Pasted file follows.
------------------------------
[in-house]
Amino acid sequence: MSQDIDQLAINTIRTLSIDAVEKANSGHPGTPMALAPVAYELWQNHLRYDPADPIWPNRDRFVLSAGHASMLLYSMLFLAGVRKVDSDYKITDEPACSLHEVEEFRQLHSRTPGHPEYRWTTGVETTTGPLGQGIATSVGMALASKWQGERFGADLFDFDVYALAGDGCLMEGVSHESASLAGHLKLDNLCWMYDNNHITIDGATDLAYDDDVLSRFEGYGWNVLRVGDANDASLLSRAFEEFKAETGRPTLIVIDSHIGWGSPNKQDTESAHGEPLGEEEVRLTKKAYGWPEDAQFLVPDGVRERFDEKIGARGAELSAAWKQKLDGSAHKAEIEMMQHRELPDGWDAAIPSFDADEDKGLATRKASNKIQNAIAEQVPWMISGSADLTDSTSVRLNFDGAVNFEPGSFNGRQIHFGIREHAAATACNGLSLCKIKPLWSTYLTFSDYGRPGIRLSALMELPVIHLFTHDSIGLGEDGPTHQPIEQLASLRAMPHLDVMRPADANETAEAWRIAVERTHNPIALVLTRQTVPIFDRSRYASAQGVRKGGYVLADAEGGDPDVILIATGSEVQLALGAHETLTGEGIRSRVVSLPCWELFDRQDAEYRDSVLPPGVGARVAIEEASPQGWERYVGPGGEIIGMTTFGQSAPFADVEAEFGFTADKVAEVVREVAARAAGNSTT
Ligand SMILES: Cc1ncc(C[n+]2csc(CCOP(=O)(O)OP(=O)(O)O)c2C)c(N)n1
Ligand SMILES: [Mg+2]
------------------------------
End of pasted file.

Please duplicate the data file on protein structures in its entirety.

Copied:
[in-house]
Amino acid sequence: MSQDIDQLAINTIRTLSIDAVEKANSGHPGTPMALAPVAYELWQNHLRYDPADPIWPNRDRFVLSAGHASMLLYSMLFLAGVRKVDSDYKITDEPACSLHEVEEFRQLHSRTPGHPEYRWTTGVETTTGPLGQGIATSVGMALASKWQGERFGADLFDFDVYALAGDGCLMEGVSHESASLAGHLKLDNLCWMYDNNHITIDGATDLAYDDDVLSRFEGYGWNVLRVGDANDASLLSRAFEEFKAETGRPTLIVIDSHIGWGSPNKQDTESAHGEPLGEEEVRLTKKAYGWPEDAQFLVPDGVRERFDEKIGARGAELSAAWKQKLDGSAHKAEIEMMQHRELPDGWDAAIPSFDADEDKGLATRKASNKIQNAIAEQVPWMISGSADLTDSTSVRLNFDGAVNFEPGSFNGRQIHFGIREHAAATACNGLSLCKIKPLWSTYLTFSDYGRPGIRLSALMELPVIHLFTHDSIGLGEDGPTHQPIEQLASLRAMPHLDVMRPADANETAEAWRIAVERTHNPIALVLTRQTVPIFDRSRYASAQGVRKGGYVLADAEGGDPDVILIATGSEVQLALGAHETLTGEGIRSRVVSLPCWELFDRQDAEYRDSVLPPGVGARVAIEEASPQGWERYVGPGGEIIGMTTFGQSAPFADVEAEFGFTADKVAEVVREVAARAAGNSTT
Ligand SMILES: Cc1ncc(C[n+]2csc(CCOP(=O)(O)OP(=O)(O)O)c2C)c(N)n1
Ligand SMILES: [Mg+2]